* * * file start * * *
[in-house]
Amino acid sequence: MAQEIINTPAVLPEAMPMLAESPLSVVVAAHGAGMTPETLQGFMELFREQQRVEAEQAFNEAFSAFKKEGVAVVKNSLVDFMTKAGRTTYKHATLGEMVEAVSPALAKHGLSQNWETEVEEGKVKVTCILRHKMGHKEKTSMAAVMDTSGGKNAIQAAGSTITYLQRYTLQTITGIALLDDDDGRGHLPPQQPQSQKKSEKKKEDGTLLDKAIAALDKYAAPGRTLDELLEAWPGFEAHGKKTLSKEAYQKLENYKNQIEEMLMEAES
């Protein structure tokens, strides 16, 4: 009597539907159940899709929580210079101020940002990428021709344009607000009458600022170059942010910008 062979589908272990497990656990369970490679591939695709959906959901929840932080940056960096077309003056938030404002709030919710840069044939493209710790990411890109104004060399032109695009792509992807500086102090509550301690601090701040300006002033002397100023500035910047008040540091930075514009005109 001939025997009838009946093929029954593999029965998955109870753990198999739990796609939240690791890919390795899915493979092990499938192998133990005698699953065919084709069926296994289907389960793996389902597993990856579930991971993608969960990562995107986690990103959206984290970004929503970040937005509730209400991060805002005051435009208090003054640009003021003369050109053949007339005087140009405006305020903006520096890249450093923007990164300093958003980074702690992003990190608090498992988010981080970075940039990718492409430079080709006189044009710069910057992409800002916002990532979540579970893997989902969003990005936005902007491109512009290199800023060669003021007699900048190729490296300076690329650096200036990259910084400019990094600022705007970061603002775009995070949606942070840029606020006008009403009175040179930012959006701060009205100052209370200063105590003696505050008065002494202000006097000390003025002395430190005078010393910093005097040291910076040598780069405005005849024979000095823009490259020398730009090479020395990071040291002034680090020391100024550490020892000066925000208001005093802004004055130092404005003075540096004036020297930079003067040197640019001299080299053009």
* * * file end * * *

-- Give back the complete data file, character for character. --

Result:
[in-house]
Amino acid sequence: MAQEIINTPAVLPEAMPMLAESPLSVVVAAHGAGMTPETLQGFMELFREQQRVEAEQAFNEAFSAFKKEGVAVVKNSLVDFMTKAGRTTYKHATLGEMVEAVSPALAKHGLSQNWETEVEEGKVKVTCILRHKMGHKEKTSMAAVMDTSGGKNAIQAAGSTITYLQRYTLQTITGIALLDDDDGRGHLPPQQPQSQKKSEKKKEDGTLLDKAIAALDKYAAPGRTLDELLEAWPGFEAHGKKTLSKEAYQKLENYKNQIEEMLMEAES
């Protein structure tokens, strides 16, 4: 009597539907159940899709929580210079101020940002990428021709344009607000009458600022170059942010910008 062979589908272990497990656990369970490679591939695709959906959901929840932080940056960096077309003056938030404002709030919710840069044939493209710790990411890109104004060399032109695009792509992807500086102090509550301690601090701040300006002033002397100023500035910047008040540091930075514009005109 001939025997009838009946093929029954593999029965998955109870753990198999739990796609939240690791890919390795899915493979092990499938192998133990005698699953065919084709069926296994289907389960793996389902597993990856579930991971993608969960990562995107986690990103959206984290970004929503970040937005509730209400991060805002005051435009208090003054640009003021003369050109053949007339005087140009405006305020903006520096890249450093923007990164300093958003980074702690992003990190608090498992988010981080970075940039990718492409430079080709006189044009710069910057992409800002916002990532979540579970893997989902969003990005936005902007491109512009290199800023060669003021007699900048190729490296300076690329650096200036990259910084400019990094600022705007970061603002775009995070949606942070840029606020006008009403009175040179930012959006701060009205100052209370200063105590003696505050008065002494202000006097000390003025002395430190005078010393910093005097040291910076040598780069405005005849024979000095823009490259020398730009090479020395990071040291002034680090020391100024550490020892000066925000208001005093802004004055130092404005003075540096004036020297930079003067040197640019001299080299053009």